Another whale washes up on shore along the Atlantic coastline
LEILA FADEL, HOST:
A humpback whale washed up on Long Island's South Shore this week. It's the latest of many on the East Coast. Last month, another humpback showed up on the Assateague Island National Seashore.
STEVE INSKEEP, HOST:
Superintendent Hugh Hawthorne oversees the long barrier island on the eastern shore of Maryland and Virginia.
HUGH HAWTHORNE: It was a relatively small, probably a juvenile humpback whale.
FADEL: Humpback whales made a comeback in the past few decades, a success story for the global conservation movement.
MENDY GARRON: In 2016, they were removed from the endangered species list.
FADEL: Mendy Garron is with the National Oceanic and Atmospheric Administration.
GARRON: We do see a lot of animals that have scars from entanglement in fishing gear, you know, and some animals do actually have some propeller wounds as well that they've survived.
FADEL: The humpback whale at Assateague had a wound like that.
INSKEEP: Humpbacks can grow up to 60 feet in length, weigh nearly 40 tons and need a lot of food.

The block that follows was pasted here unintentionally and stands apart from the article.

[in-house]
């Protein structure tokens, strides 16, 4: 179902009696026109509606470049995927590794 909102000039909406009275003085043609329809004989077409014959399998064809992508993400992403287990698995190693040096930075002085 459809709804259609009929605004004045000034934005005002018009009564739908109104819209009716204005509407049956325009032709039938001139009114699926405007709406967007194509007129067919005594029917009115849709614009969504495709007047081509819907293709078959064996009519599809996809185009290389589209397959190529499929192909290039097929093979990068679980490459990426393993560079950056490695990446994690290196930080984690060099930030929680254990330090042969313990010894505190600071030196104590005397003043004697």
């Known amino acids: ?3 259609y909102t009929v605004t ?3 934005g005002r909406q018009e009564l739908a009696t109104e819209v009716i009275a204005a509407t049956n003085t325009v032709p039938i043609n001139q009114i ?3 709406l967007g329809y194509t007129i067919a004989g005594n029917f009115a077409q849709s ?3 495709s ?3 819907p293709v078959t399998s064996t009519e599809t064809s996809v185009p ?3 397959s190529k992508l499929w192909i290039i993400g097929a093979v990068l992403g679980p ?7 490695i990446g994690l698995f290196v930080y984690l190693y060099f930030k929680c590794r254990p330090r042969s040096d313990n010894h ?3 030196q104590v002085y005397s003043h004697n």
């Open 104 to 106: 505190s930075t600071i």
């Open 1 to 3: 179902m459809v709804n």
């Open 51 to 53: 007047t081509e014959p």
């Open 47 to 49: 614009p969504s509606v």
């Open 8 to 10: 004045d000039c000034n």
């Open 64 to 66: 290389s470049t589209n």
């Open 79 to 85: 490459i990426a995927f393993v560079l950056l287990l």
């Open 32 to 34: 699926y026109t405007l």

GARRON: Humpback whales are what we call prey generalist. So they feed on a variety of different species. So they can feed on krill or other types of small schooling fish.
INSKEEP: A prey generalist. The effects of climate change on currents and water temperatures could make prey harder to find, forcing whales to look for food in shallower waters.
FADEL: Even in deeper waters, Hawthorne says they face danger from ships.
HAWTHORNE: Generally speaking, if a small boat hits a whale, it's going to do a lot more damage to the boat than it does to the whale. Anything large enough to kill a whale is probably a pretty large vessel.
FADEL: Scientists at NOAA are investigating the unusual number of whale deaths.
INSKEEP: Hawthorne says anybody who spots a stranded whale should report it to a trained responder or call 911.
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